Takydromus sexlineatus

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Takydromus sexlineatus
Scientific classification
Kingdom: Animalia
Phylum: Chordata
Class: Reptilia
Order: Squamata
Suborder: Sauria
Family: Lacertidae
Genus: Takydromus
Species: T. sexlineatus
Binomial name
Takydromus sexlineatus
Daudin, 1802

The Asian grass lizard, six-striped long-tailed lizard, or long-tailed grass lizard (Takydromus sexlineatus) is an arboreal, diurnal species of lizard. The tail length is usually over three times the body (snout to vent) length in this species.[1]

Males and females are similar, males being distinguishable by the presence of pre-anal pores. On average they grow to around 12 cm (snout-to-vent length), with the addition of a distinctive, prehensile long tail.[2] Some individuals may have small circular spots on the sides of the bodies.

Like geckos they can drop their tail and grow a new one when attacked.[citation needed]

Appearance[edit]

The Long Tailed grass lizard is easily identifiable by a long tail, and has a white to cream coloured underbelly with a brown, green or beige back, often adorned with brown stripes of different shades. It typically has a small head with a sharply pointed snout and black or pink tongue. Its body is slightly elongated and thin with small pointy scales beneath the chin resembling a beard. Males have white spots on their sides, while females do not.[citation needed]Males have tails that thicken past the vent and are generally thicker than the female's down the entire length of the tail. The light stripes on the length of the body are yellower than the female's, which are more cream colored.[3] They grow up to 12 inches (30 cm.) long, with the tail usually being three times their body length.[4]

Distribution[edit]

Long-Tailed Grass Lizard.jpg

The Takydromus sexlineatus is found throughout South East Asia, and is native to a number of countries including India, China, Thailand, and Indonesia.[5] The subspecies ocellatus is found in areas such as southern China, north Burma and north Malaysia.[6]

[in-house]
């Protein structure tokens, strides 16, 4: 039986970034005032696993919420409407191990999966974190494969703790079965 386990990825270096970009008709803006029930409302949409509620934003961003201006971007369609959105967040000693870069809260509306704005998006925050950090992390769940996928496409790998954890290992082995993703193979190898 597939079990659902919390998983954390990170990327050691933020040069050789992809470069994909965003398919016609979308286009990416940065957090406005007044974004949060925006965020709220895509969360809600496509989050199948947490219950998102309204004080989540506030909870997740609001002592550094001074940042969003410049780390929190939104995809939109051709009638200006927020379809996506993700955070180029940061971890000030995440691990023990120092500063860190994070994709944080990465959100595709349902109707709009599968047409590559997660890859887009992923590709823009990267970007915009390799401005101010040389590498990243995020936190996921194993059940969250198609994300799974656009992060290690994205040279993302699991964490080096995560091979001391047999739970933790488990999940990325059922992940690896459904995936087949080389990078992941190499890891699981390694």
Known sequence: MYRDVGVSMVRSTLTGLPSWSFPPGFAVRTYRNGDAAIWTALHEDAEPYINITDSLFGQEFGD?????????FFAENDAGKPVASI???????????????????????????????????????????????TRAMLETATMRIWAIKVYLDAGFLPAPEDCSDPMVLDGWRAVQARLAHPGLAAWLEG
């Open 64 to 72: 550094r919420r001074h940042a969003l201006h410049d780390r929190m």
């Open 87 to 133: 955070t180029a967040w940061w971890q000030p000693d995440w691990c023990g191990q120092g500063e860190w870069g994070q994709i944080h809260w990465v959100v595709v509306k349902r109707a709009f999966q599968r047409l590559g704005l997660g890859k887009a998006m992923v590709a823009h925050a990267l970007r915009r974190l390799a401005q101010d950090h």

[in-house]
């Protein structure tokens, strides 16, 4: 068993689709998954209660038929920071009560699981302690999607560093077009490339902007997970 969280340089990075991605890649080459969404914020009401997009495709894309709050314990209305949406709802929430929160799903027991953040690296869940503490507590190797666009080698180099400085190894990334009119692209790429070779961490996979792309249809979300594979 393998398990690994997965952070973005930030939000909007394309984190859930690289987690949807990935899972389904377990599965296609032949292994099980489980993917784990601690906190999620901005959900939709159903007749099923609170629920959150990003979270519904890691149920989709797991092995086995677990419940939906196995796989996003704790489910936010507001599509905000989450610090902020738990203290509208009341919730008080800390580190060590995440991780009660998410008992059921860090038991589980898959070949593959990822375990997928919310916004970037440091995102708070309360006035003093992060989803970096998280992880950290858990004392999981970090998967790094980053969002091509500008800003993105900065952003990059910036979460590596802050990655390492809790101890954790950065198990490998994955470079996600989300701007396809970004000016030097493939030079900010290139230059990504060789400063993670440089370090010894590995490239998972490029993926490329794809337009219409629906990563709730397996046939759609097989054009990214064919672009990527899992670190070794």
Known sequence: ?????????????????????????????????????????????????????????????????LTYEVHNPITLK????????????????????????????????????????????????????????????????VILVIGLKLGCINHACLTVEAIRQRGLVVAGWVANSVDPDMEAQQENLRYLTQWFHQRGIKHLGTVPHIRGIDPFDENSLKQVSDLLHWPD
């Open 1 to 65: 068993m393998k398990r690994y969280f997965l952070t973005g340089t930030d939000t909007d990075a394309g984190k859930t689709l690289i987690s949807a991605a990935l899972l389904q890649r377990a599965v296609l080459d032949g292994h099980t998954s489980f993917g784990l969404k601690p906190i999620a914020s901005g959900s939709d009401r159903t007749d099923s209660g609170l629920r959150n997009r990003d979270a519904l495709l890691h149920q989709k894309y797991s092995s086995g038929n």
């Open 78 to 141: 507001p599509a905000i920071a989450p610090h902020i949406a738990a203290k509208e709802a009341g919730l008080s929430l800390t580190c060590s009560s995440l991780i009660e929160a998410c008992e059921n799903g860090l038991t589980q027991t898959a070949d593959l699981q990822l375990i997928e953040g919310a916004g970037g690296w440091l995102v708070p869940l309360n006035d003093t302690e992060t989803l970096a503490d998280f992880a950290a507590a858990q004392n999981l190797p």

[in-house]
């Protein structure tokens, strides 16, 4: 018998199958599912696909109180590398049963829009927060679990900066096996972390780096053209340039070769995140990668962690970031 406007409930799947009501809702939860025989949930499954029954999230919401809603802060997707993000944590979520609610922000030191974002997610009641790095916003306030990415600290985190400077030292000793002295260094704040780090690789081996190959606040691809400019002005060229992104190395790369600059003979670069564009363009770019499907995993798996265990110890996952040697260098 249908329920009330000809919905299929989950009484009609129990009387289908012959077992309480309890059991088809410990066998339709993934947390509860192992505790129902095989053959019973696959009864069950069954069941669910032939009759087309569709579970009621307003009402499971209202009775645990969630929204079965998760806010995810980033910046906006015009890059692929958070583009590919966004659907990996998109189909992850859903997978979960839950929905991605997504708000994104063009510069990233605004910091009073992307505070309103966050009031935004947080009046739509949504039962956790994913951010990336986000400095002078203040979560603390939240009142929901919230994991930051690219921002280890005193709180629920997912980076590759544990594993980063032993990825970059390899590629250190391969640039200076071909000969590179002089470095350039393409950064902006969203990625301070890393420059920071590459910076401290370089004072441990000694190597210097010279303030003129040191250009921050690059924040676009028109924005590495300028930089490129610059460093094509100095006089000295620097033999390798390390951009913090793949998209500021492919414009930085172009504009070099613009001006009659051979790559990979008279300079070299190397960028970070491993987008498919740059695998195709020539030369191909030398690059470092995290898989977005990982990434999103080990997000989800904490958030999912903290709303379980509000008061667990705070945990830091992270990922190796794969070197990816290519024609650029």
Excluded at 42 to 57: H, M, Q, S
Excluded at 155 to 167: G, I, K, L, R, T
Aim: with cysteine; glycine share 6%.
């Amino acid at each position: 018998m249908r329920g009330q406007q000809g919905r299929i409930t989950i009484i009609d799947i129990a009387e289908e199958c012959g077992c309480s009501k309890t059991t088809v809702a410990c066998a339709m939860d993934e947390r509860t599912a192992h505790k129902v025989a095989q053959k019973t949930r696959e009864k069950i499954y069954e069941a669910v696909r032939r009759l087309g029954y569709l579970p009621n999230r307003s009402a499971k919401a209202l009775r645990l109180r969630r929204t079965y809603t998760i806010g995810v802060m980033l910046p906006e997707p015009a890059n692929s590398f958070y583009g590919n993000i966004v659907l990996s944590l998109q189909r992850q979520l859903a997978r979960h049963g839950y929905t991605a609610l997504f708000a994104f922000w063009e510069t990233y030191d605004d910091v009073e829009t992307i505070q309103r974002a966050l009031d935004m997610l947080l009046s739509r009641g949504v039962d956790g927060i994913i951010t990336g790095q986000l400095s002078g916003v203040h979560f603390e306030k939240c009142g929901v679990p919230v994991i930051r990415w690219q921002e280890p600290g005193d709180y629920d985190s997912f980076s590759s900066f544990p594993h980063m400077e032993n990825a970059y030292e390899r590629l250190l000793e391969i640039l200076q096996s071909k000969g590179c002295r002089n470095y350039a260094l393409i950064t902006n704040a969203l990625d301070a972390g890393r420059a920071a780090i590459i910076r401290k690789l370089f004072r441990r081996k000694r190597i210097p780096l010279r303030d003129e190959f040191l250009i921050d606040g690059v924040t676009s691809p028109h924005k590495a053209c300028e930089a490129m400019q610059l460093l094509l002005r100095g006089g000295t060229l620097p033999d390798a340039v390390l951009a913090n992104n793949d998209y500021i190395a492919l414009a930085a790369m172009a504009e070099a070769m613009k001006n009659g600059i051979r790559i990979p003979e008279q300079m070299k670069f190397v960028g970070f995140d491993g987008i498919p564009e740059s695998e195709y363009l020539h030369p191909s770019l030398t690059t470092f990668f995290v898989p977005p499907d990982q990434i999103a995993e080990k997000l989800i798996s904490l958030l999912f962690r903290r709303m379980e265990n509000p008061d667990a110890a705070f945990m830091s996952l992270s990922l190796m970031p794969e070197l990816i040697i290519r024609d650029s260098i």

Behavior[edit]

These are entirely diurnal lizards that emerge in the early morning to bask in the sun. If a potential predator approaches they will first remain completely still, and then if the danger persists, they will flee to the safety of foliage. Both sexes use arm-waving gestures (similar to a front crawl swimming action), apparently to communicate with each other. They are very agile and fast.

Diet[edit]

Takydromus sexlineatus feeds on small insects such as flies, In captivity they can be reared on Crickets and like other small lizards may require a calcium substitute. It is advisable in captivity to vary food including mealworms, sterile maggots or waxworms in addition to crickets although it is possible to feed them garden caught insects. Unlike some larger reptiles, these lizards have extremely fast reactions and have been observed jumping into the air to catch flying prey such as flies.

References[edit]

  1. ^ http://reptile-database.reptarium.cz/species?genus=Takydromus&species=sexlineatus
  2. ^ http://www.reptilechannel.com/lizards/lizard-care/grass-lizards.aspx
  3. ^ Vosjoli, Phillipe (2001). Green Anoles. Advanced Vivarium Systems, INC. pp. 55–56. LCCN 96-183295. 
  4. ^ Purser, Philip A. 2004 The Tiniest Dragon: The Oriental Long-Tailed Grass Lizard Takydromus sexlineatus. Reptilia (GB) (33): 67-71
  5. ^ http://www.iucnredlist.org/details/full/178424/0
  6. ^ http://www.iucnredlist.org/details/full/178424/0

Further reading[edit]

  • Arnold, E. N. 1997 Interrelationships and evolution of the east Asian grass lizards, Takydromus (Squamata: Lacertidae). Zoological Journal of the Linnean Society 119 (2) February, 1997, p 267-296
  • Daudin, F. M. 1802 Histoire Naturelle, génerale et particulièredes reptiles, ouvrage faisant suite, a l'histoiure naturelle, générale et particulière composée par LECLERC DE BUFFON, et redigée par C. S. SONNINI, vol. 3. F. Dufart, Paris.
  • Ji, Xiang; Wenhui Zhou, Xiaodong Zhang and Huiqing Gu. 1998 Sexual dimorphism and reproduction in the grass lizard Takydromus septentrionalis. Russ. J. Herpetol. 5 (1): 44-48
  • Lin, Si-Min; Chaolun Allen Chen and Kuang-Yang Lue 2002 Molecular Phylogeny and Biogeography of the Grass Lizards Genus Takydromus (Reptilia: Lacertidae) of East Asia. Molecular Phylogenetics and Evolution 22: 276-288 [erratum in 26: 333]
  • Purser, Philip A. 2004 The Tiniest Dragon: The Oriental Long-Tailed Grass Lizard Takydromus sexlineatus. Reptilia (GB) (33): 67-71
  • Schlüter, U. 2003 Die Langschwanzeidechsen der Gattung Takydromus. Kirschner & Seufer Verlag, 110 pp. [review in Draco 21: 91]
  • Ziegler, Thomas, Wolfgang Böhme and Wolfgang Bischoff. 1999 Comments on the grass lizards (Lacertidae:Takydromus) of Vietnam and Myanmar. Hamadryad 24 (1): 39-42.